And we need a climate change in the courts to recognize that debtors' rights exist, and some do not have the ability to pay.

Another issue, even more serious, is the repeated efforts by the court to order unemployed debtors to get work; and to make these orders under threat of jail. If an unemployed debtor doesn't go look for work to the court's satisfaction--usually 10 applications every reporting period, which could be a month or 2 or 3 (even if he's looked for work for years!), he will be put in jail for contempt.

You can read some good posts on MLSC's recent work trying to stop this practice at our DAY IN COURT blog.

It's all about climate change. It's about a change in attitude and mindset that recognizes the fundamental beauty of the U.S. Constitution's protections of liberty and freedom from involuntary servitude.

Should people be working? Yes. Should they look for jobs? Yes. But should the power of the state be used to enforce private interests and lock people up because they don't work? No.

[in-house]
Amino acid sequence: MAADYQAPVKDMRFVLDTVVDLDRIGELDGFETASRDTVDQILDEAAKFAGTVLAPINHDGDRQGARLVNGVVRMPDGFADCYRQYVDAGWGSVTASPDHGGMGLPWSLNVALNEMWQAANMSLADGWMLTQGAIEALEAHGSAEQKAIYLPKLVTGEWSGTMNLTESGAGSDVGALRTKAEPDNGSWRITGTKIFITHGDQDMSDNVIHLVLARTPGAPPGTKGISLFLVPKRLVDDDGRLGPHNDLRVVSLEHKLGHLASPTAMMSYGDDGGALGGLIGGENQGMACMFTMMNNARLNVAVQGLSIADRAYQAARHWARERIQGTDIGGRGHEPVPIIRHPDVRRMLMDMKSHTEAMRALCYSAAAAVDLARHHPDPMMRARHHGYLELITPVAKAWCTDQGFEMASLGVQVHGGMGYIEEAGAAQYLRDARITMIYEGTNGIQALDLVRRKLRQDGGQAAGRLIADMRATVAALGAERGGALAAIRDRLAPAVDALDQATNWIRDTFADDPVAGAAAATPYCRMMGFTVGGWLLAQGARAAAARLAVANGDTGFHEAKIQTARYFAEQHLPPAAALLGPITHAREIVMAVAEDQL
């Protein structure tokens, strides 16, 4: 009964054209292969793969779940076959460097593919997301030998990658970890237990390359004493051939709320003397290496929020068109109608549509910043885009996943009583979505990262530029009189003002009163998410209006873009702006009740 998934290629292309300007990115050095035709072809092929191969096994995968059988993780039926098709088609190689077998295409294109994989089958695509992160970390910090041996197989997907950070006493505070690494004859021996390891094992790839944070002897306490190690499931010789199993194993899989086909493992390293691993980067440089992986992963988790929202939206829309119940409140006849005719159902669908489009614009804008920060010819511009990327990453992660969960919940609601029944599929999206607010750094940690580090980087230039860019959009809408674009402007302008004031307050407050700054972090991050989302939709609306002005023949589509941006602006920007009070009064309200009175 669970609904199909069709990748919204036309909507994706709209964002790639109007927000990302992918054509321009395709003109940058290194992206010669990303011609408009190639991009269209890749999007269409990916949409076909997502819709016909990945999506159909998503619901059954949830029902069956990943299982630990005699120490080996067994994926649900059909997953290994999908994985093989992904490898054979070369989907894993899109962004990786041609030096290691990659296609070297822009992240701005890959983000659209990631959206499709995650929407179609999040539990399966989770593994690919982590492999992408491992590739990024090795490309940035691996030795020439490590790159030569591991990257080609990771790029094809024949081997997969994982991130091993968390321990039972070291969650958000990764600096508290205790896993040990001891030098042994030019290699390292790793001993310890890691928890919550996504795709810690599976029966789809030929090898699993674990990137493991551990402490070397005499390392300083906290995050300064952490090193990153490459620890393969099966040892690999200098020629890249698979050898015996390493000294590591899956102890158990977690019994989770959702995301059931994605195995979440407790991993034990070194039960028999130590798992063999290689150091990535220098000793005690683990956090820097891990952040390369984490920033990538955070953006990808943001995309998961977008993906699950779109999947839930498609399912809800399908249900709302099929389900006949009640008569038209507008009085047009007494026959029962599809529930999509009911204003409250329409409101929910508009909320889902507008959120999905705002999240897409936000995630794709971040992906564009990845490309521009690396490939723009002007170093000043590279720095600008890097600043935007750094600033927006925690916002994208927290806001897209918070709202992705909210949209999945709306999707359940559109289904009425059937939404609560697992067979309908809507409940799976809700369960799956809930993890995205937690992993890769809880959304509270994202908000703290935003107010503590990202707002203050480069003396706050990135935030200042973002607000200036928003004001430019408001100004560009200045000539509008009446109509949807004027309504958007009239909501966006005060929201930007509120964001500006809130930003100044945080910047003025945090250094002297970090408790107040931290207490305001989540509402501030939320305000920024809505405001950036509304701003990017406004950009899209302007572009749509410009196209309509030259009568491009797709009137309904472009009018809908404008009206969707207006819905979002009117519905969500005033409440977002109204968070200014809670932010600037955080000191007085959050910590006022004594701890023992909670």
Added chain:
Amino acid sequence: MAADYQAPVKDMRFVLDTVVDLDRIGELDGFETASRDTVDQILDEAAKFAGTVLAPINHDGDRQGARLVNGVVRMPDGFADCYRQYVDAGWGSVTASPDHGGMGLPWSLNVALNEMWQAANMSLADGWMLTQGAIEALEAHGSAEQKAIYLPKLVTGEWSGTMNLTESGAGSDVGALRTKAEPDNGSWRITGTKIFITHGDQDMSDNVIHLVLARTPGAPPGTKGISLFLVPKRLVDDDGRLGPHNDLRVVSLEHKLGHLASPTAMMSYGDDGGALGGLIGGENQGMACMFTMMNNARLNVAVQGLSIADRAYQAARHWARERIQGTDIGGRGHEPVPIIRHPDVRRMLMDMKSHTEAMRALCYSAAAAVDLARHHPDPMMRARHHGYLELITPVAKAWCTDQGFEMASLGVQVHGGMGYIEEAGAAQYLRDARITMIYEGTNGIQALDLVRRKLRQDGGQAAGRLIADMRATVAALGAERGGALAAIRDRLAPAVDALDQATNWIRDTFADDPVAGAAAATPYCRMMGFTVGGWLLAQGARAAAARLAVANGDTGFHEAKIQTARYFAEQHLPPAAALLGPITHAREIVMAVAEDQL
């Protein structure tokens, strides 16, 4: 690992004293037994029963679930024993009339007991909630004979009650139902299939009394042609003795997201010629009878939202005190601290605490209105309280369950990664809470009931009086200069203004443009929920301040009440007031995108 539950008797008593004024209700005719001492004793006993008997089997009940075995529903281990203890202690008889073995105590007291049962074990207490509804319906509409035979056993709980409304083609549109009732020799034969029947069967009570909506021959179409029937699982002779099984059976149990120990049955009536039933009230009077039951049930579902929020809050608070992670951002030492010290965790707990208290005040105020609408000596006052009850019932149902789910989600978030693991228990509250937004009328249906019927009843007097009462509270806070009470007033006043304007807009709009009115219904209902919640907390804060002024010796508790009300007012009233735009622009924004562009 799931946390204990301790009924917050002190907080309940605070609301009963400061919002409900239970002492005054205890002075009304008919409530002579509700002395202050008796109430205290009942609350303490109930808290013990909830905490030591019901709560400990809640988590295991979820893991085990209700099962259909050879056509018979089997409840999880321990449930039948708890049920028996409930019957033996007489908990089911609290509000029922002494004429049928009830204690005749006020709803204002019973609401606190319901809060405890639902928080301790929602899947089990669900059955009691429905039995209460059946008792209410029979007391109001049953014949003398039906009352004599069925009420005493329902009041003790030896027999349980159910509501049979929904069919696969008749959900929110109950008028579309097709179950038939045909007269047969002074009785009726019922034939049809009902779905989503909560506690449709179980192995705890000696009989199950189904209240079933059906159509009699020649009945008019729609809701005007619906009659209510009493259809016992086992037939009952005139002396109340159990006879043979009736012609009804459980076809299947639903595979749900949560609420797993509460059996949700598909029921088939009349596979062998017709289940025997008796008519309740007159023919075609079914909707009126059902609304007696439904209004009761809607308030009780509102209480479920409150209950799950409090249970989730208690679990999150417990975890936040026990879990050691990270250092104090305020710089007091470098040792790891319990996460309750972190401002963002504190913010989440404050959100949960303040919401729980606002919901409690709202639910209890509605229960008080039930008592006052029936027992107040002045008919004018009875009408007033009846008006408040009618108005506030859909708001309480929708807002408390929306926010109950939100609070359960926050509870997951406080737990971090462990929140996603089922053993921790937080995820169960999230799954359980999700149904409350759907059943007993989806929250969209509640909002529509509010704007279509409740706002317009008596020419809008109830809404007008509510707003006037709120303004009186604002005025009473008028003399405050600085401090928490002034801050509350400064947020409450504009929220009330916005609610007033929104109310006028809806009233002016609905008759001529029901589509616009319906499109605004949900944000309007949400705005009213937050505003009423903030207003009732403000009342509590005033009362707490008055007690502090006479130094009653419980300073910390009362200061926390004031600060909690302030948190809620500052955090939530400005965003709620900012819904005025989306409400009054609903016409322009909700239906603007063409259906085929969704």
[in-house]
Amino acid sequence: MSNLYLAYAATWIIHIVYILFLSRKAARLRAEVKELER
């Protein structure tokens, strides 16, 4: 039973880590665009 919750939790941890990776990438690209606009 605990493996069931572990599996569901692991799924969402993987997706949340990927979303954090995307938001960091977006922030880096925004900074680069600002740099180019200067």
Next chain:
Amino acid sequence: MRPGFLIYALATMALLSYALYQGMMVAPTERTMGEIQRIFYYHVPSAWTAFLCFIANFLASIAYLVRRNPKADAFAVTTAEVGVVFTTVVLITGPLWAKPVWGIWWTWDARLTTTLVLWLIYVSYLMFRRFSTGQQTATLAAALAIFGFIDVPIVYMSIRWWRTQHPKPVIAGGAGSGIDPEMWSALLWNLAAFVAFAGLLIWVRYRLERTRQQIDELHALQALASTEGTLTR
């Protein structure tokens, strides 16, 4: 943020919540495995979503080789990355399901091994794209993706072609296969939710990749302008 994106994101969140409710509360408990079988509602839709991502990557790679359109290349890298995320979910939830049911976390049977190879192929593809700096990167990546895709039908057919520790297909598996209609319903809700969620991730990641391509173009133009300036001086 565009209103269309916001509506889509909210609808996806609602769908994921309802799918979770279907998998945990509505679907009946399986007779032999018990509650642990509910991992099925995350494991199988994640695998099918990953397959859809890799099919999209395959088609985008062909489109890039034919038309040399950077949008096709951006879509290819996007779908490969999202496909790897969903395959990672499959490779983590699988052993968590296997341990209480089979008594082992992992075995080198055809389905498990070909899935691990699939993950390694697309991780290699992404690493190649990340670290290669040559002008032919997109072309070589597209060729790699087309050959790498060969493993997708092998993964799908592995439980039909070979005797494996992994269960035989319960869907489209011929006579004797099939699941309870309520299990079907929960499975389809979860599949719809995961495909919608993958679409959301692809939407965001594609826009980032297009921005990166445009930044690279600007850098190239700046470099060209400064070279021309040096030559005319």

Small encroachments lead to bigger encroachments. There is no good reason to be ordered to work to pay off creditors: this is debt bondage and it needs to be stopped.

We also need a better climate for employment that provides jobs, provides incentives to work, and balances human dignity and rights with economic gain and activity. Ordering people under threat of jail to go get jobs because they owe money won't take us in the right direction.

It's all about climate change.

Wednesday, October 14, 2009

NaNoWriMo CountDown!

National Novel Writing Month begins on November 1, 2009. All around the globe, writers and wannabe novelists are getting ready to write.

And here is an inspirational cartoon from Debbie Ridpath Ohi.

And some rules of writing from William Safire:
Do not put statements in the negative form.
And don't start sentences with a conjunction.
If you reread your work, you will find on rereading that a
great deal of repetition can be avoided by rereading and editing.
Never use a long word when a diminutive one will do.
Unqualified superlatives are the worst of all.
De-accession euphemisms.